The Folks Behind Coworking: Alex Hillman
May 6, 2009 | By Peter Bihr |
Alex Hillman cofounded Indyhall, Philadelphia’s answer to San Francisco’s Citizen Space. (On a personal note, when Indyhall was set up I closely followed the whole process in their blog, which I think really kick-started my personal interest in coworking. Go check out the earliest posts!) In this second installment of my series of interviews on coworking, Alex shares his thoughts and experiences.
What does Coworking mean for you?
We say that coworking isn’t about the desks. The desks are a vehicle, part of a clubhouse for a wider community. Having a clubhouse provides a focal point for interaction in a community. That community embodies trust, communication, collaboration, socialization, and a mutual respect for place and each other.
Ultimately, coworking is a community of workers, and that means more than a collection of workers sharing space.
Furthermore, coworking is a movement, a shift in higher purpose when it comes to not just where, but how, people are going to work in the future.
What brought you to Coworking?
I was introduced to coworking by two of the movement’s earliest catalysts, Chris Messina and Tara Hunt, who co-founded The Hat Factory (the first permanent coworking space) and then went on to open Citizen Space, both in San Francisco. Even before becoming a freelancer, I recognized that this could be valuable for Philadelphia as a way to bring together the disparate communities in my own city. As the project evolved, so did the vision, which included teaming up with Geoff DiMasi. Working with Geoff has brought a finer tuning to the purpose of IndyHall’s version of coworking.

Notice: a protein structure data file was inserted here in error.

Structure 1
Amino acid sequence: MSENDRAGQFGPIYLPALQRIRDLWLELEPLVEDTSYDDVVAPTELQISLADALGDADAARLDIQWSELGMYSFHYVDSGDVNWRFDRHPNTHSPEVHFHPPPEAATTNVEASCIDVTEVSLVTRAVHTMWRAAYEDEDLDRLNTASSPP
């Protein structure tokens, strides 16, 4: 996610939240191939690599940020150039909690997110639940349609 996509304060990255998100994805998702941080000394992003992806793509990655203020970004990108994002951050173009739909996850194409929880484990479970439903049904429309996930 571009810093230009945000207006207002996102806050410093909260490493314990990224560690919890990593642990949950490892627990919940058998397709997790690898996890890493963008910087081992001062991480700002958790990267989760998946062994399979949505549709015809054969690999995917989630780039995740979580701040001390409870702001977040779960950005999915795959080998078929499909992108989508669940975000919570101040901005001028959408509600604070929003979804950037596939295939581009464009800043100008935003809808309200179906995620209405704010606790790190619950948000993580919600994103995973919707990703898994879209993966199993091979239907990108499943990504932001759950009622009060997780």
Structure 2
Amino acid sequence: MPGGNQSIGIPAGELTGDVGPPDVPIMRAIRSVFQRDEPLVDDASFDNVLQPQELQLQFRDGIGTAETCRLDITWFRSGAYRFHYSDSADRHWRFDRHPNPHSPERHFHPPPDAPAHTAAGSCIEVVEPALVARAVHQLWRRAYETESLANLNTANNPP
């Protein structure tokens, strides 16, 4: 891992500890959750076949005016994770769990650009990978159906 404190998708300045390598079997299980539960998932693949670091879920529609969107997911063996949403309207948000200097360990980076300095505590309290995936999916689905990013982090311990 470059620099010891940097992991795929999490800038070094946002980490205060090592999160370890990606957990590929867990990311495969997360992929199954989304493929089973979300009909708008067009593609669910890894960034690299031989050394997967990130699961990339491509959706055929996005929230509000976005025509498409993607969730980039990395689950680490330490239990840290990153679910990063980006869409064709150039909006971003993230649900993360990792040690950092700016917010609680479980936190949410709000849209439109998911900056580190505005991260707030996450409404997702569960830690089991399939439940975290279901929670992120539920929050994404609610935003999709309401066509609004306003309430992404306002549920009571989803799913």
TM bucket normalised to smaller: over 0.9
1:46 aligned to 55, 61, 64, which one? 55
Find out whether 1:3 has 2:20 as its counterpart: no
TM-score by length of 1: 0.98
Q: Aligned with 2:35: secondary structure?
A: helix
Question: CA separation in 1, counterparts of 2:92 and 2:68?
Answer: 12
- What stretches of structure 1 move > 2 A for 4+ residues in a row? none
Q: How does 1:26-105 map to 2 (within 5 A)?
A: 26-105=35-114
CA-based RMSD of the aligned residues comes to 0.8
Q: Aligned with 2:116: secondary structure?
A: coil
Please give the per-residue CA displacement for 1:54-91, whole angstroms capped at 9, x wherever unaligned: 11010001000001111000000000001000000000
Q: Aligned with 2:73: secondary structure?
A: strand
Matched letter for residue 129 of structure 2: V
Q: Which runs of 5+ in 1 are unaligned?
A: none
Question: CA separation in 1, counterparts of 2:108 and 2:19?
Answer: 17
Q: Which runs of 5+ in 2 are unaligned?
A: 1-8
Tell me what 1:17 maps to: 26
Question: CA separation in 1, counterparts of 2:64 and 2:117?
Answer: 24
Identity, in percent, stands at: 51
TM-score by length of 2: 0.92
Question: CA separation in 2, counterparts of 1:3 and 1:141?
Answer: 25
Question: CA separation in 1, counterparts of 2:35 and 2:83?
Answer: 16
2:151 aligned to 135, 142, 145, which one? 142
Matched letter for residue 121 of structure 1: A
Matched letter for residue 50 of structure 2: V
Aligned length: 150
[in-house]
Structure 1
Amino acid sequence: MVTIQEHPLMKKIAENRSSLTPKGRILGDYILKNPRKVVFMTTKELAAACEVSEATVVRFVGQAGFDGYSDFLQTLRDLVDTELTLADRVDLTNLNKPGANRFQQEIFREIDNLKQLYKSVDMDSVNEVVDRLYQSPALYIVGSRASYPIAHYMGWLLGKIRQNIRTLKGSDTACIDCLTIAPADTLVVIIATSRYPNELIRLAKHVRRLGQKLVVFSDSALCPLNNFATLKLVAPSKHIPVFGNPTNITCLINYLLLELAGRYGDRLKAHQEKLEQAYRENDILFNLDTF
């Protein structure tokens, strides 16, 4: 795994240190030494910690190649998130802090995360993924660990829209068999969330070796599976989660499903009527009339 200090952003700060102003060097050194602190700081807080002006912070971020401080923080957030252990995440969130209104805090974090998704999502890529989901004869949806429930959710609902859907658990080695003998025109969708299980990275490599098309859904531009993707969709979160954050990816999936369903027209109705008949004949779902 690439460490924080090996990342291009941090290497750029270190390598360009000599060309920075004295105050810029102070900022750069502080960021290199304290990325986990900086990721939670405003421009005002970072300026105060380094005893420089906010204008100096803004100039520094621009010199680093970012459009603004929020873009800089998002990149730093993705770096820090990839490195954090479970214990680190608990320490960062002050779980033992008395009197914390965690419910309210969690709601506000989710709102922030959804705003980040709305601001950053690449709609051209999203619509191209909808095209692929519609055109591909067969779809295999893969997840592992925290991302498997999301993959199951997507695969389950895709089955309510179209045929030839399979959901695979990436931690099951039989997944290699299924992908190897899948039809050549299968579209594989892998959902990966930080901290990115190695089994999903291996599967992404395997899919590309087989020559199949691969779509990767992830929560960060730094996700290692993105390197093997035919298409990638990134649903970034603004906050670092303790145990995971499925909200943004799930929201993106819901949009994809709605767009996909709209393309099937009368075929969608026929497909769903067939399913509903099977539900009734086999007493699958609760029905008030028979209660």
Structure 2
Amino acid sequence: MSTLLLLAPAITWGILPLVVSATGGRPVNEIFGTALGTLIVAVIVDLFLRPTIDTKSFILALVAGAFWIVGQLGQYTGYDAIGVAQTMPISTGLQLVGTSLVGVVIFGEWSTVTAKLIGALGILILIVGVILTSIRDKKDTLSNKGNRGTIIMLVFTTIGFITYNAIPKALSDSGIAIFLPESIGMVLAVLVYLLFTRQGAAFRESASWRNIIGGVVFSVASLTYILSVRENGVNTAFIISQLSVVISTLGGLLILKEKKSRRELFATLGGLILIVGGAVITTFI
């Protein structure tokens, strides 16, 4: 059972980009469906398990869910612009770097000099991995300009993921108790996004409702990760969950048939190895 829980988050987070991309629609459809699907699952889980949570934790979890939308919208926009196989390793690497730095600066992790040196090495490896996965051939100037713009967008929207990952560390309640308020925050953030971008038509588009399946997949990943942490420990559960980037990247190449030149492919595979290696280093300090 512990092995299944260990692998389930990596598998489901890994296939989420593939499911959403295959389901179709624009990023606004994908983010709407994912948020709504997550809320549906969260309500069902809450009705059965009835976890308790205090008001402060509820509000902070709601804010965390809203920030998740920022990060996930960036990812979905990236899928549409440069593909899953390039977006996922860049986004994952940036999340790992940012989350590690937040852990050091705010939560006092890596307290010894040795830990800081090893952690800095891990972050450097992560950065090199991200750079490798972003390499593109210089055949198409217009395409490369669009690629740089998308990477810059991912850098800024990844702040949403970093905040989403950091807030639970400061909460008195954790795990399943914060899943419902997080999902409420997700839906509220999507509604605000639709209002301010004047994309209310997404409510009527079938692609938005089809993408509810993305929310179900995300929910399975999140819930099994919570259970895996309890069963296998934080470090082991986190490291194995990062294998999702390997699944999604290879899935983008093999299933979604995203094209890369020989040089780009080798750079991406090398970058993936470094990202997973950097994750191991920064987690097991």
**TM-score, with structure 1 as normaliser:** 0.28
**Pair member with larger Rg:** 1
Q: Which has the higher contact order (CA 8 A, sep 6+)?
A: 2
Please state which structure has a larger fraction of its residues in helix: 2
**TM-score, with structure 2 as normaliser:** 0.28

Every Coworking Space seems different. What’s the focus of yours, what makes it special?
Our focus is 100% on individuals, humans. We don’t rent desks to companies, we have members join our community and have desks as a resource. When you take a holistic community approach to a coworking space, a lot of things fall into place that normally would take a lot of work. That’s not to say community development isn’t a lot of work, but it’s a whole lot easier to build something sustainable when the community groundwork is laid first.
By decoupling the desks from the real “magic” that takes place at IndyHall, we can accomplish things that couldn’t be done without the community being in place.
Where do you see Coworking in five years?
5 years isn’t a fair prediction, because the whole movement is less than 3 years old itself. Considering in the last 3 years, we’ve gone from less than a dozen spaces, mostly concentrated on the west coast, well over a hundred all around the world and a wider recognition of coworking as a buzzword, I think we’re on a stratospheric trajectory. The fact that coworking gets talked about by people who aren’t even aware of the movement and it’s history means it’s growing and growing fast.
My biggest hope is that coworking becomes more than a buzzword used to represent people sharing desks and that people really latch onto some of the fundamentals of coworking that set it apart from the otherwise failed business model of office suites and hot-desking. If more people understand what makes coworking really work (in the situations where it does work), I think it stands a chance of really turning business on it’s head and changing the way that companies utilize space, teams, and communication. All of these changes, obviously, are for the better.
Where can we find you?
At IndyHall, of course. IndyHall is in Old City Philadelphia, and online at www.indyhall.org. We’d love for you to come meet our community members and see what we’re up to.
Thanks a lot, Alex! Click here to read the other interviews with the folks behind coworking.